How to Power Up and Re-think your Outsourcing Experience


“They don’t bring us ideas.” 

“When we first outsourced, our service provider had the newest ideas, but now three years later, we have caught up to them and they’re treading water. So what’s next?”


These are quotes from operations executives over the past months of research, when asked about whether or not they (still) consider their service provider “innovative.” Since the term is open to interpretation, for the sake of this blog, let’s view it as an ongoing improvement in the impact of the work being delivered by doing something differently… something over and above the basics of what you would have expected, beyond the letter of the contract. 

And, often, these comments are followed by, “it may be… well it likely is, our organization that is holding us back.”

If you really want what’s next… your service provider might actually have the ideas… but is your leadership willing to listen, invest, give them access to your intimate data, and give it a try? Is your organization genuinely culturally ready for innovative change? And is the service provider capable and culturally aligned as well? If not, maybe you aren’t ready for innovation; or, maybe not with your current partners.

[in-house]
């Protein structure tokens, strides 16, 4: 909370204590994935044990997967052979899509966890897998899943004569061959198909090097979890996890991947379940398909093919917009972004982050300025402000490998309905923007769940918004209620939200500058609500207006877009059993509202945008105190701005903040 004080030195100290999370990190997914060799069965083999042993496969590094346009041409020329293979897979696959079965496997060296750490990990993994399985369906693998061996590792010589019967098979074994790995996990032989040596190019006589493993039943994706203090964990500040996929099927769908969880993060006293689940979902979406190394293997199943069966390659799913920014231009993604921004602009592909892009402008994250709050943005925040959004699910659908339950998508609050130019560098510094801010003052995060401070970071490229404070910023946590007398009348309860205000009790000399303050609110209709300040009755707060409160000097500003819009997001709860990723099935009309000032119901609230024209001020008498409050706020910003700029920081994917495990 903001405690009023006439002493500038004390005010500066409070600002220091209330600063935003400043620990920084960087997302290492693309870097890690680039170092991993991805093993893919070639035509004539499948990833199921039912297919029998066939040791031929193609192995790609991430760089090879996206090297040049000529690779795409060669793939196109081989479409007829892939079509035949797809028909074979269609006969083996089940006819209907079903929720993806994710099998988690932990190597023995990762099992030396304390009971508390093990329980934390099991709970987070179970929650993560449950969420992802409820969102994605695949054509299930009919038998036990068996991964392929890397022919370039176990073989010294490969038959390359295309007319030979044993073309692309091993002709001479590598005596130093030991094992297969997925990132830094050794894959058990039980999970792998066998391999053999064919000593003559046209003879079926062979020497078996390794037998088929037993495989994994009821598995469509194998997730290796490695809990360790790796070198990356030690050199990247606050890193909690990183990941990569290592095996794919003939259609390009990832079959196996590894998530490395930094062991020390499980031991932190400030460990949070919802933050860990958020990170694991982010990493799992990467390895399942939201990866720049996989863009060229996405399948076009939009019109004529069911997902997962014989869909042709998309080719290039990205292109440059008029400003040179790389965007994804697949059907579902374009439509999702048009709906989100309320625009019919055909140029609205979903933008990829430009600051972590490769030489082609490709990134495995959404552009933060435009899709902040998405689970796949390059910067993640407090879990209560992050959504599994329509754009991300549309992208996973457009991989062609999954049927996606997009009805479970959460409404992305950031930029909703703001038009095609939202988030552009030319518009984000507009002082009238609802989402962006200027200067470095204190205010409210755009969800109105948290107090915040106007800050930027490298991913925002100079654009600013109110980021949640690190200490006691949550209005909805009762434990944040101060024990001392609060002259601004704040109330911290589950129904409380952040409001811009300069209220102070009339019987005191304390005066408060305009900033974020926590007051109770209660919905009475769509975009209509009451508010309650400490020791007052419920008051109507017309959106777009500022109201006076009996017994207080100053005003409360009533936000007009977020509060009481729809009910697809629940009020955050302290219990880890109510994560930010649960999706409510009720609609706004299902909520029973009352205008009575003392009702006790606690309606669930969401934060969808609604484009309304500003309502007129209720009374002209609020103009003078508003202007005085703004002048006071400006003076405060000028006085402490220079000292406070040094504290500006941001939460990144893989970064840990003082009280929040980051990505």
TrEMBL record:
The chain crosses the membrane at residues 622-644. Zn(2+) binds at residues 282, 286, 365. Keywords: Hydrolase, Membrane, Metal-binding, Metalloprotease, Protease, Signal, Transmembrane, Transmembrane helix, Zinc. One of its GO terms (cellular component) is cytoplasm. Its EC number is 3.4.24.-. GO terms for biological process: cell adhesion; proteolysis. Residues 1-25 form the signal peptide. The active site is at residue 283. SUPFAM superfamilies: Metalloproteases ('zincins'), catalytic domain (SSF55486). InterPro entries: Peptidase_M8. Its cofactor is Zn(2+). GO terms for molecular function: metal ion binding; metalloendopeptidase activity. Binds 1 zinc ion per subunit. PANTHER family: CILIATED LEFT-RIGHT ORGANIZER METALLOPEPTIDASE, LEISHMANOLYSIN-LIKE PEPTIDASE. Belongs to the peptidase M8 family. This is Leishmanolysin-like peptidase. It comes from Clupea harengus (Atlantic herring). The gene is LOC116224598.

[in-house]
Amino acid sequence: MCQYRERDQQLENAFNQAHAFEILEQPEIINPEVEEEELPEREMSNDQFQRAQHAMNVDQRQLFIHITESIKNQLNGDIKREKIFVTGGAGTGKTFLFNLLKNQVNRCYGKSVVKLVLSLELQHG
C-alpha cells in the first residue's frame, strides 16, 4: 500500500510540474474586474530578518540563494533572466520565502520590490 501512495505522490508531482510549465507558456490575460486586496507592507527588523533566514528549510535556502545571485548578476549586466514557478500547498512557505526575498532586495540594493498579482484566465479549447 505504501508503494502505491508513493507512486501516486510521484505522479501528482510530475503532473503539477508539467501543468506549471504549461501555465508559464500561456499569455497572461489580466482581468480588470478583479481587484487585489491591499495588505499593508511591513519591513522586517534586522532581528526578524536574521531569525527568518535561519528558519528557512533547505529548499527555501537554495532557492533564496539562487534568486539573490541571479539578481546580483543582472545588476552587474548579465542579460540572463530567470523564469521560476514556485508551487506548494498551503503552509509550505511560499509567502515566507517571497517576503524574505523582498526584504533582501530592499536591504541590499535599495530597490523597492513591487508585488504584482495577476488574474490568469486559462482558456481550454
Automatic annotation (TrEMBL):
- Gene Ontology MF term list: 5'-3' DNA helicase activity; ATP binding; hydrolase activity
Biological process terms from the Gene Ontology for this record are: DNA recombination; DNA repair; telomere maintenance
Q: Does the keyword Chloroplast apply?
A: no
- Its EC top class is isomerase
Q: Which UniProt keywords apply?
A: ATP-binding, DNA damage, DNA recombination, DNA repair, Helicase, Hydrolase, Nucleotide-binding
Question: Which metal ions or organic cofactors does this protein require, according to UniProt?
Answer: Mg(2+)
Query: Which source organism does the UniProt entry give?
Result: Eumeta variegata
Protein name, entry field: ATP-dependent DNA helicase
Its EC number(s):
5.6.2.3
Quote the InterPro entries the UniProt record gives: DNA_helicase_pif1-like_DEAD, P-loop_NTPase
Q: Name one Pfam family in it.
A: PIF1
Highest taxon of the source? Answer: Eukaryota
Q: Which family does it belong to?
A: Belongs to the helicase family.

Consider three “Power Ups” to change the face and increase the value of outsourcing: Courage, Budget, and Stories

Harken back to the days of Mario brothers in the video games, when Mario and Luigi tapped into “power ups” to help achieve their goal. (Maybe this is not such a leap in time for you!) “Super mushrooms” gave them temporary size and height advantage, ability to take multiple “hits” before dying, and additional lives.  The “super mushrooms” of outsourcing—to achieve innovation and increased value through partnership—are good for use by any player—operations executives, delivery staff, service buyer or service provider:


  1. Courage: The “gumption” as a leader to “allow,” and as an employee to “take” a chance, to leave egos at the door, to experiment, to “play,” to quickly acknowledge and shut down what does not seem to be working.


  1. Budget: Realistically, nothing much will happen without a dedicated budget to finance time and materials that support research, dialogue, and prototypes.


  1. Stories: Visuals and stories connect with our emotions, and are memorable. When you really want someone to understand, appreciate, engage, own, and promote a concept, a result, an idea, or a change, then “show and tell.”   

If you want innovation—new ideas implemented to drive step changes in results—you need to be willing to do 1-2-3. If not, you are probably keeping yourself in a dangerous continuous improvement cycle—and also likely to get lost in the dust of other companies that are innovating.

Posted in : Design Thinking, Healthcare and Outsourcing, Talent in Sourcing


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